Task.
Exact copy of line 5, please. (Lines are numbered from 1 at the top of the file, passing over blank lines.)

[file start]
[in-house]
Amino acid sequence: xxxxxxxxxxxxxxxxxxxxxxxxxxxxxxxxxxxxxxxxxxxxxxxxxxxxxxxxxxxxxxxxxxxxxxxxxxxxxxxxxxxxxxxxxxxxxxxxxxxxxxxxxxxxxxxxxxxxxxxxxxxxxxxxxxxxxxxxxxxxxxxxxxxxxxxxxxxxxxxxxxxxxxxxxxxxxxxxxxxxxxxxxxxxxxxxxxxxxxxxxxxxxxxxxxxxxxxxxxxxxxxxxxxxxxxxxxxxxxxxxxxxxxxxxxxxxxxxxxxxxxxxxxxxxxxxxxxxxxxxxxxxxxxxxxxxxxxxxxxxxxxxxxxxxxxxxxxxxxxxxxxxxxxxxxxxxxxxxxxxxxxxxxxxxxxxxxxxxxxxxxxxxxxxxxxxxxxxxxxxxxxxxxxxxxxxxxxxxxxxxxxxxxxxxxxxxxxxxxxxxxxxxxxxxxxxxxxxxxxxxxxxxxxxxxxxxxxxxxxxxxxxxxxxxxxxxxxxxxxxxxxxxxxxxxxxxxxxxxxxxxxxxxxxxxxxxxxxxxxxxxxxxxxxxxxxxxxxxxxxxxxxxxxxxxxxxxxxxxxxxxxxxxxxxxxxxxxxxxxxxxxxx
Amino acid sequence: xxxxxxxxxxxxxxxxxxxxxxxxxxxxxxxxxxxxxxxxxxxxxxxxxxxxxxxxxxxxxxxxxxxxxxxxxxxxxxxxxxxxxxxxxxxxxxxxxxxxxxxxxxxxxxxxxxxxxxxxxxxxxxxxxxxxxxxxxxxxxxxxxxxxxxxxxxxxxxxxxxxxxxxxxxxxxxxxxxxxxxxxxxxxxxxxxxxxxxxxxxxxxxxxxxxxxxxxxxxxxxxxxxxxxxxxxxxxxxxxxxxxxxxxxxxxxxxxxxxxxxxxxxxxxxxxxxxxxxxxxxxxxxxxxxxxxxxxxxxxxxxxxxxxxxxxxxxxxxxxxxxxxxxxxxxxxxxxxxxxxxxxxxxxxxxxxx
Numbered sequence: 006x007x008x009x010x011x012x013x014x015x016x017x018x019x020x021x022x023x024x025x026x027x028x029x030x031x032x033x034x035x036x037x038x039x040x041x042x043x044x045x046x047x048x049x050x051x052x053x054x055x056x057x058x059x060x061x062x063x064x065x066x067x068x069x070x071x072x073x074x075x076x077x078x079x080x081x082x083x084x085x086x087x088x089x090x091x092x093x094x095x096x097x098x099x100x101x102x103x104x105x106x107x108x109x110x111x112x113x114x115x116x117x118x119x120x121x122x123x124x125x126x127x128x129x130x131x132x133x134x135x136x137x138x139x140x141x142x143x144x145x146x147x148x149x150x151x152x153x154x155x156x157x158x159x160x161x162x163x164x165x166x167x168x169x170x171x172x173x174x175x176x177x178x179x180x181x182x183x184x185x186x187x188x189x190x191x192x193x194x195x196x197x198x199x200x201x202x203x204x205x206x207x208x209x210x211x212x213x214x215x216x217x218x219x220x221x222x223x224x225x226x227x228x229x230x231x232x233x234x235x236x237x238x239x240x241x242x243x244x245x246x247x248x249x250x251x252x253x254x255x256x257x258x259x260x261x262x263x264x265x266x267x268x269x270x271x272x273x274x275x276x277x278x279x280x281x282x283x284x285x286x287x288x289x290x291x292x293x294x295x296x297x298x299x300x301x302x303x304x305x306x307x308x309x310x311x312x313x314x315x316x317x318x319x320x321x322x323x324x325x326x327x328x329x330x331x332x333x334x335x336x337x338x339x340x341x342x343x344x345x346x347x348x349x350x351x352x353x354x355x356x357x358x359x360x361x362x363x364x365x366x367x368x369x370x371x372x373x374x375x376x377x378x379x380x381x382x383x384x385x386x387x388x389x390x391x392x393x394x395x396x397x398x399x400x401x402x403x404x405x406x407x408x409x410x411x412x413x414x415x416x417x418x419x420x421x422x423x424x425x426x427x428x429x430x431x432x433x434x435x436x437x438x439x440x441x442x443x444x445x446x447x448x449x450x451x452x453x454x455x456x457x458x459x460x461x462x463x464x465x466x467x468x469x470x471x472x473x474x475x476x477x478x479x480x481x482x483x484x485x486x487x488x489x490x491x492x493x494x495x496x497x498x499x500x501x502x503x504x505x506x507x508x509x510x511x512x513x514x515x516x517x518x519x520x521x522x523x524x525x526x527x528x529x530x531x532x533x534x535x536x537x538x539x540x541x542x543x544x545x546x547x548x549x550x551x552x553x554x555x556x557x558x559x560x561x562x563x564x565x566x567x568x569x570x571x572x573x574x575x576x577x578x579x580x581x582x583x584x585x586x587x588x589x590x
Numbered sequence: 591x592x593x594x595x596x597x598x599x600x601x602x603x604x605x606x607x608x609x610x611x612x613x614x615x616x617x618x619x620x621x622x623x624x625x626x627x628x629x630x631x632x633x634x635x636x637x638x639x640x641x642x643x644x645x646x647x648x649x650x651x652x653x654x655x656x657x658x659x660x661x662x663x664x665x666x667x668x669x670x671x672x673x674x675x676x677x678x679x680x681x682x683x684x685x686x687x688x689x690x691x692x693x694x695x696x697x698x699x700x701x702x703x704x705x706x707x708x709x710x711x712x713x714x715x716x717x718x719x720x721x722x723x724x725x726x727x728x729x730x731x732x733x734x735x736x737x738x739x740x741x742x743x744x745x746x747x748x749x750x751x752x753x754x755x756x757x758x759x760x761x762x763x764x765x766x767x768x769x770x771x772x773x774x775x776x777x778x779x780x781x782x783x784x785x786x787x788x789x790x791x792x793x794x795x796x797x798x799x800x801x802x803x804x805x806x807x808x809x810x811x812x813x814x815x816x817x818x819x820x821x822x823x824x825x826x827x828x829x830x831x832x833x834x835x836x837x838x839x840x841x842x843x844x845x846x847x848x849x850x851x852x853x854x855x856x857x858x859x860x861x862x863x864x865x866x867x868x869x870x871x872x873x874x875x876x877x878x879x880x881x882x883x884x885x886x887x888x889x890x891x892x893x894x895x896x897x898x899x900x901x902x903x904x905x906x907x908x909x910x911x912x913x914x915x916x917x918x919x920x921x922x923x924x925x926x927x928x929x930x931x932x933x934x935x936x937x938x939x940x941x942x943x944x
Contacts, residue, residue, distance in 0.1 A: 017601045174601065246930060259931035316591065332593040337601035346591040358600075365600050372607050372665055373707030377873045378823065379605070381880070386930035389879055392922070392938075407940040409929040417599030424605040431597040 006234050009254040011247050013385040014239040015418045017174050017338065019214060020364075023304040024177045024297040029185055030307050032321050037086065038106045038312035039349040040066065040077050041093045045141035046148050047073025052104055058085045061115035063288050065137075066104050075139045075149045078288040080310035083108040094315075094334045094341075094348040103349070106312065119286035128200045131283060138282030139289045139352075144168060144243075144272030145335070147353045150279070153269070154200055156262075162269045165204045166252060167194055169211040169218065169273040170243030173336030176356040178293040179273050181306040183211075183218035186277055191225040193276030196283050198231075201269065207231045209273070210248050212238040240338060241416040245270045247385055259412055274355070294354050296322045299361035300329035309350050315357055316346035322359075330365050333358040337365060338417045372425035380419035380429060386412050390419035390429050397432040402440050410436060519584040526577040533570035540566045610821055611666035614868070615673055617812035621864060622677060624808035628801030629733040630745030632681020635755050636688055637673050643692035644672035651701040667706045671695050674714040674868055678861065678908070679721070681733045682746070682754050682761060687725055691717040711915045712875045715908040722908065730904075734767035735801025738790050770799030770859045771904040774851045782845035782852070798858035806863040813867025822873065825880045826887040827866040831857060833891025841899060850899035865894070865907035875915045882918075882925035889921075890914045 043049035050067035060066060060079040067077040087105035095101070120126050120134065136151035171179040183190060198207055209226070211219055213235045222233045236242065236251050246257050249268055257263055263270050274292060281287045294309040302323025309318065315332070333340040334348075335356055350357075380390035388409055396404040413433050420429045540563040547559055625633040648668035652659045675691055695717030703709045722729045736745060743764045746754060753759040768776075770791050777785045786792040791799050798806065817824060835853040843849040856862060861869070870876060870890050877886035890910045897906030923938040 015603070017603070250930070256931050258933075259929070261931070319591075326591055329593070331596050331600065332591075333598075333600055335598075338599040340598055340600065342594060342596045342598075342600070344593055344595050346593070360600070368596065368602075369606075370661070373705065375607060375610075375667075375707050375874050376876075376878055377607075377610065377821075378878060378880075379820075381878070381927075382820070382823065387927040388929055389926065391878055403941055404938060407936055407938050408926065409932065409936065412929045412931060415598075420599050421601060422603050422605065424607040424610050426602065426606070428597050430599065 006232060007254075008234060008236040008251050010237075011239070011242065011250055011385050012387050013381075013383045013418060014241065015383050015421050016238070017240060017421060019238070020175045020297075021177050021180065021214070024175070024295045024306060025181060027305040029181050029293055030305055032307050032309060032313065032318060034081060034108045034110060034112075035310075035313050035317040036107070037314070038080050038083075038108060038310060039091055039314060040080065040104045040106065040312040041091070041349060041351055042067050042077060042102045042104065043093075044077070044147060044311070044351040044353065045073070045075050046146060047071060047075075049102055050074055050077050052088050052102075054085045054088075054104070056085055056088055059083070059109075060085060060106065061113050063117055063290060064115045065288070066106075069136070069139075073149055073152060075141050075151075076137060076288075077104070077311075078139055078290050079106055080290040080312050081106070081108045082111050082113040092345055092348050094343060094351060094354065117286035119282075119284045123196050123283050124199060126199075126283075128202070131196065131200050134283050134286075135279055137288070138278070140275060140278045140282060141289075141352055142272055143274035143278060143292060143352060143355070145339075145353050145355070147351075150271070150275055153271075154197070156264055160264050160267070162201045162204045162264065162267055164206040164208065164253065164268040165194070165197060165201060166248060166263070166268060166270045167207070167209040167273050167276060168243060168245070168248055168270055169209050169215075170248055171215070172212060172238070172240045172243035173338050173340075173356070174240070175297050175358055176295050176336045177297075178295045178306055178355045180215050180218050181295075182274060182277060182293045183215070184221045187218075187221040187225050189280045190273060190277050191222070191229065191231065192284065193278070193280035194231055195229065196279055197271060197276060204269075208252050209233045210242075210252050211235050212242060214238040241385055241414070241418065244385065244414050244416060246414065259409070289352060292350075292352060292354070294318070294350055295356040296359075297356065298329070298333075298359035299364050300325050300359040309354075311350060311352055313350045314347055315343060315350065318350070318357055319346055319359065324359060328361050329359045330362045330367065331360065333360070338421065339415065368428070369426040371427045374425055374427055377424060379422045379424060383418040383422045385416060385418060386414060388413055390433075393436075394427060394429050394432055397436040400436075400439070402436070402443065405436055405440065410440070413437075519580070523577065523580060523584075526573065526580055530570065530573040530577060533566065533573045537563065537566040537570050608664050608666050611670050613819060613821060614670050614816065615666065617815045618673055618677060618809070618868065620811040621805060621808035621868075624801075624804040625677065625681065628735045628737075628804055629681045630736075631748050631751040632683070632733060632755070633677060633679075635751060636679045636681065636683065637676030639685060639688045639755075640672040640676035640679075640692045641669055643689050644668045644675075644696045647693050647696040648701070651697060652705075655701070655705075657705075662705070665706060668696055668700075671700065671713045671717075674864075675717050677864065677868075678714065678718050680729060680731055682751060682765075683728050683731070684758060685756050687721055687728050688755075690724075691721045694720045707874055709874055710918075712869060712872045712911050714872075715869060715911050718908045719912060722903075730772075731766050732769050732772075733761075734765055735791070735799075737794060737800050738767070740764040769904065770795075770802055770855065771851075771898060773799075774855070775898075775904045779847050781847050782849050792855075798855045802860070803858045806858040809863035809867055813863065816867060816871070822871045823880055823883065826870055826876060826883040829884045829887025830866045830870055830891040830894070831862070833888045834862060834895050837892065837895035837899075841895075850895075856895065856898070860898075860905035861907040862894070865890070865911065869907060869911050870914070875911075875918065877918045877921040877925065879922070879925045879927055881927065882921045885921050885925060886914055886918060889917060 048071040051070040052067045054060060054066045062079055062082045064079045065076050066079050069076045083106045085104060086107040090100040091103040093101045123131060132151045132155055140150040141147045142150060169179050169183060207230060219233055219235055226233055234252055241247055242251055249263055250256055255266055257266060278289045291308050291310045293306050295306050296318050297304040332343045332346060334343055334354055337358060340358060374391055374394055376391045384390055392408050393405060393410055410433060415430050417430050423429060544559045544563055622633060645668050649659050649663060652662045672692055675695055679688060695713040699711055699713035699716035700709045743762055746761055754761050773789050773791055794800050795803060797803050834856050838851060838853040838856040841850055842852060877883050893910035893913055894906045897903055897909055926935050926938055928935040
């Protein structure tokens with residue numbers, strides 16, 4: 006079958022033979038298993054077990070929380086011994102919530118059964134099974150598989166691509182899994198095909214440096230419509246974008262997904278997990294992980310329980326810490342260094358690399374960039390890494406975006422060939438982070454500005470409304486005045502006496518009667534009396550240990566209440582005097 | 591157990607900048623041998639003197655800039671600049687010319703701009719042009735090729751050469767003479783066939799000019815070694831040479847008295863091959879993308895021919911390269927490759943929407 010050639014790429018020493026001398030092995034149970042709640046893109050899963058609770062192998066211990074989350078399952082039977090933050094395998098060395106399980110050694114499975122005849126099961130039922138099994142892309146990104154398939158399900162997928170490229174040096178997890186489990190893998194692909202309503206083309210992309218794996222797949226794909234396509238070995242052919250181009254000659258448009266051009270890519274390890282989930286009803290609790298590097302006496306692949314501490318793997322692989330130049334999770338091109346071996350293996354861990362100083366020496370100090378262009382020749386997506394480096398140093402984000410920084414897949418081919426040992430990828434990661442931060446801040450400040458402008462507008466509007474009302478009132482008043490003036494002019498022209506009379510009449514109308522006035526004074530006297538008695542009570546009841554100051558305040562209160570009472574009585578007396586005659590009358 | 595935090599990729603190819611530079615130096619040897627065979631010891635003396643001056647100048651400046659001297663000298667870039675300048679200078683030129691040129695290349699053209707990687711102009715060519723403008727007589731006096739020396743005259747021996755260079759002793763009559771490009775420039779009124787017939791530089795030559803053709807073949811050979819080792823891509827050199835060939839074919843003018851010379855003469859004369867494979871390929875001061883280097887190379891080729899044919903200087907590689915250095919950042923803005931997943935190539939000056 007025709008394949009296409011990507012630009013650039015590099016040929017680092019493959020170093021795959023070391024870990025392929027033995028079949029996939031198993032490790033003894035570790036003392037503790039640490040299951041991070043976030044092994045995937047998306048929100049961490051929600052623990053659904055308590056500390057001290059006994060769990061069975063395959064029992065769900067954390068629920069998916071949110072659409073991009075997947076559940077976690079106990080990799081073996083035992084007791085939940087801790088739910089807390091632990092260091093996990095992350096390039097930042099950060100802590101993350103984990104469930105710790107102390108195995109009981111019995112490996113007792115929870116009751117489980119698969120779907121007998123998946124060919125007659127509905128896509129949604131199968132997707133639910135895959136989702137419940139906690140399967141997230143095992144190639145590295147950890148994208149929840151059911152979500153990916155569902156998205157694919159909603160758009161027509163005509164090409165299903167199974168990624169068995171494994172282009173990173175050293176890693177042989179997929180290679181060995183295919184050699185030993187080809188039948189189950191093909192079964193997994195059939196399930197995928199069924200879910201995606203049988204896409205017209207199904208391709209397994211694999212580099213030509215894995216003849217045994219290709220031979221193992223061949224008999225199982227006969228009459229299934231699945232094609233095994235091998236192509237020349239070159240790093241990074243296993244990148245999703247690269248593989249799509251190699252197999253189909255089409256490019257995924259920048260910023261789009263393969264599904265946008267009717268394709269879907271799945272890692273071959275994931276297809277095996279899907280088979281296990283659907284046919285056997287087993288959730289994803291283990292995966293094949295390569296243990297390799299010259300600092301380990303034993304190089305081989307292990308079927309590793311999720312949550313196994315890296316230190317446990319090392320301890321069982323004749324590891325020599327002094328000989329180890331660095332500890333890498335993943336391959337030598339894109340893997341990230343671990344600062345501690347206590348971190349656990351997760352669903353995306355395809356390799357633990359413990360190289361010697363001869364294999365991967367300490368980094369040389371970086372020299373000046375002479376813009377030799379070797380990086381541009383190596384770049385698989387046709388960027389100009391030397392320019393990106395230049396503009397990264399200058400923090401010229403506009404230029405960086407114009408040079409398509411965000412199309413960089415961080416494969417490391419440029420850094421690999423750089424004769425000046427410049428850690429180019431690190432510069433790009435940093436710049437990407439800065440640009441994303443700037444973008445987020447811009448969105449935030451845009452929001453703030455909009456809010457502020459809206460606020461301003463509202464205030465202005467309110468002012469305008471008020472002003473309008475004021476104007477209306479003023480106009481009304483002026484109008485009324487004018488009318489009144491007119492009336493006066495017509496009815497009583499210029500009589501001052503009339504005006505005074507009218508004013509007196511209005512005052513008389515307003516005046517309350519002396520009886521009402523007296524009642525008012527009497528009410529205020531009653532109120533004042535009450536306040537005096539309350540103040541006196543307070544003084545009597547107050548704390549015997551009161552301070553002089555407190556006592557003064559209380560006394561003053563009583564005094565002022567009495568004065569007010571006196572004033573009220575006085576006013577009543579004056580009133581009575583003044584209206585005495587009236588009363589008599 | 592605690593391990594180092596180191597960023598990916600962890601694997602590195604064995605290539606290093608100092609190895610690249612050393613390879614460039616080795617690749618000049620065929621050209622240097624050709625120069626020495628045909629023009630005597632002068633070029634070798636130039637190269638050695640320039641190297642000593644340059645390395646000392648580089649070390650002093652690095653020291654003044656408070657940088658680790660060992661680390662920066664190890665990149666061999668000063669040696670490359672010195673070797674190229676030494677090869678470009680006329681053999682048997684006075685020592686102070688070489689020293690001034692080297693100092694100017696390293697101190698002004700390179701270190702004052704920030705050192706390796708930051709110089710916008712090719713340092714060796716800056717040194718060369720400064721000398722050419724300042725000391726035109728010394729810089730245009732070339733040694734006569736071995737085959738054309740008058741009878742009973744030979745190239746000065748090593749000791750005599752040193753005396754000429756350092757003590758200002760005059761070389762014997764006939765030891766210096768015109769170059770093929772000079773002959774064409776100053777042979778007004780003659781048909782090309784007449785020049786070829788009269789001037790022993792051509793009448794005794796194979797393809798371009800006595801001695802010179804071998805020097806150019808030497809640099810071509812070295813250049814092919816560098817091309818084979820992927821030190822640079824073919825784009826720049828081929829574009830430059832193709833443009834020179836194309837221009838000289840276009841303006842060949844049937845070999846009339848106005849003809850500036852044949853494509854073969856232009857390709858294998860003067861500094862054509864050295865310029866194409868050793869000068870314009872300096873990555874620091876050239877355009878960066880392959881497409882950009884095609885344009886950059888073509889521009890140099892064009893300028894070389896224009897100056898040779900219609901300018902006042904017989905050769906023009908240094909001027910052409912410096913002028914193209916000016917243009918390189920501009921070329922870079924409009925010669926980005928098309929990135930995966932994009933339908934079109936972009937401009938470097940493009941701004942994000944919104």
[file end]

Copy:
Numbered sequence: 591x592x593x594x595x596x597x598x599x600x601x602x603x604x605x606x607x608x609x610x611x612x613x614x615x616x617x618x619x620x621x622x623x624x625x626x627x628x629x630x631x632x633x634x635x636x637x638x639x640x641x642x643x644x645x646x647x648x649x650x651x652x653x654x655x656x657x658x659x660x661x662x663x664x665x666x667x668x669x670x671x672x673x674x675x676x677x678x679x680x681x682x683x684x685x686x687x688x689x690x691x692x693x694x695x696x697x698x699x700x701x702x703x704x705x706x707x708x709x710x711x712x713x714x715x716x717x718x719x720x721x722x723x724x725x726x727x728x729x730x731x732x733x734x735x736x737x738x739x740x741x742x743x744x745x746x747x748x749x750x751x752x753x754x755x756x757x758x759x760x761x762x763x764x765x766x767x768x769x770x771x772x773x774x775x776x777x778x779x780x781x782x783x784x785x786x787x788x789x790x791x792x793x794x795x796x797x798x799x800x801x802x803x804x805x806x807x808x809x810x811x812x813x814x815x816x817x818x819x820x821x822x823x824x825x826x827x828x829x830x831x832x833x834x835x836x837x838x839x840x841x842x843x844x845x846x847x848x849x850x851x852x853x854x855x856x857x858x859x860x861x862x863x864x865x866x867x868x869x870x871x872x873x874x875x876x877x878x879x880x881x882x883x884x885x886x887x888x889x890x891x892x893x894x895x896x897x898x899x900x901x902x903x904x905x906x907x908x909x910x911x912x913x914x915x916x917x918x919x920x921x922x923x924x925x926x927x928x929x930x931x932x933x934x935x936x937x938x939x940x941x942x943x944x